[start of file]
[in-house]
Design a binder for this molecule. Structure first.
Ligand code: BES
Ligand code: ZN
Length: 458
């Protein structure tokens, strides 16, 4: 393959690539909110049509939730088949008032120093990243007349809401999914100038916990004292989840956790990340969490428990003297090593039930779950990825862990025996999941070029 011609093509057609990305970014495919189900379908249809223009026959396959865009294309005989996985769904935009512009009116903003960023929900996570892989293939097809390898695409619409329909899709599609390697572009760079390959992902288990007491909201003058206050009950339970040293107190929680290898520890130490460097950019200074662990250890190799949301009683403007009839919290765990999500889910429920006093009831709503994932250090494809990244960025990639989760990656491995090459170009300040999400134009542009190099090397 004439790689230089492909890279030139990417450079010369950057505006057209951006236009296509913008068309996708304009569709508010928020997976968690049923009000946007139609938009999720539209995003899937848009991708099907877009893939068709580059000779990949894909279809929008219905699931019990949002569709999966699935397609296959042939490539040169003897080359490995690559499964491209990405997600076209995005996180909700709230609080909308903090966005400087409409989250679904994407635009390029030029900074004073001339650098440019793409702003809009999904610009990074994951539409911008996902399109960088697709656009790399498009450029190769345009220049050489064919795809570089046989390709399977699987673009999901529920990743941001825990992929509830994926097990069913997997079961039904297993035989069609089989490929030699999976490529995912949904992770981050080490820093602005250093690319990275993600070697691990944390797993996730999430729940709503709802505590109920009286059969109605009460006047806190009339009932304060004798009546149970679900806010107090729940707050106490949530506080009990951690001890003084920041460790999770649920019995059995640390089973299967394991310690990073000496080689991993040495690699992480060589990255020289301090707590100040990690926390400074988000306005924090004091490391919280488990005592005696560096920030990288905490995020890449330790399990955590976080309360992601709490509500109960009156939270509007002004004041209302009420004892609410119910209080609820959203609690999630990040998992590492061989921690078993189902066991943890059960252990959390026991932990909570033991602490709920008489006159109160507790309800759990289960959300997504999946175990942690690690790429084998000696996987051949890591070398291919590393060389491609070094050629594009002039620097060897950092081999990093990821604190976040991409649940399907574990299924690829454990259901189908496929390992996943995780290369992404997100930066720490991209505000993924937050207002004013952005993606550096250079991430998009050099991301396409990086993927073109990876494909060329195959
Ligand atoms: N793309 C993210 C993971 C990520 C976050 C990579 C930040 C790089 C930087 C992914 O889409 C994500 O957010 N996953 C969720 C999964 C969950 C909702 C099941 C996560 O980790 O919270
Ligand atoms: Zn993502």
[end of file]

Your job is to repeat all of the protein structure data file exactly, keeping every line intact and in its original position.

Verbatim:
[in-house]
Design a binder for this molecule. Structure first.
Ligand code: BES
Ligand code: ZN
Length: 458
């Protein structure tokens, strides 16, 4: 393959690539909110049509939730088949008032120093990243007349809401999914100038916990004292989840956790990340969490428990003297090593039930779950990825862990025996999941070029 011609093509057609990305970014495919189900379908249809223009026959396959865009294309005989996985769904935009512009009116903003960023929900996570892989293939097809390898695409619409329909899709599609390697572009760079390959992902288990007491909201003058206050009950339970040293107190929680290898520890130490460097950019200074662990250890190799949301009683403007009839919290765990999500889910429920006093009831709503994932250090494809990244960025990639989760990656491995090459170009300040999400134009542009190099090397 004439790689230089492909890279030139990417450079010369950057505006057209951006236009296509913008068309996708304009569709508010928020997976968690049923009000946007139609938009999720539209995003899937848009991708099907877009893939068709580059000779990949894909279809929008219905699931019990949002569709999966699935397609296959042939490539040169003897080359490995690559499964491209990405997600076209995005996180909700709230609080909308903090966005400087409409989250679904994407635009390029030029900074004073001339650098440019793409702003809009999904610009990074994951539409911008996902399109960088697709656009790399498009450029190769345009220049050489064919795809570089046989390709399977699987673009999901529920990743941001825990992929509830994926097990069913997997079961039904297993035989069609089989490929030699999976490529995912949904992770981050080490820093602005250093690319990275993600070697691990944390797993996730999430729940709503709802505590109920009286059969109605009460006047806190009339009932304060004798009546149970679900806010107090729940707050106490949530506080009990951690001890003084920041460790999770649920019995059995640390089973299967394991310690990073000496080689991993040495690699992480060589990255020289301090707590100040990690926390400074988000306005924090004091490391919280488990005592005696560096920030990288905490995020890449330790399990955590976080309360992601709490509500109960009156939270509007002004004041209302009420004892609410119910209080609820959203609690999630990040998992590492061989921690078993189902066991943890059960252990959390026991932990909570033991602490709920008489006159109160507790309800759990289960959300997504999946175990942690690690790429084998000696996987051949890591070398291919590393060389491609070094050629594009002039620097060897950092081999990093990821604190976040991409649940399907574990299924690829454990259901189908496929390992996943995780290369992404997100930066720490991209505000993924937050207002004013952005993606550096250079991430998009050099991301396409990086993927073109990876494909060329195959
Ligand atoms: N793309 C993210 C993971 C990520 C976050 C990579 C930040 C790089 C930087 C992914 O889409 C994500 O957010 N996953 C969720 C999964 C969950 C909702 C099941 C996560 O980790 O919270
Ligand atoms: Zn993502």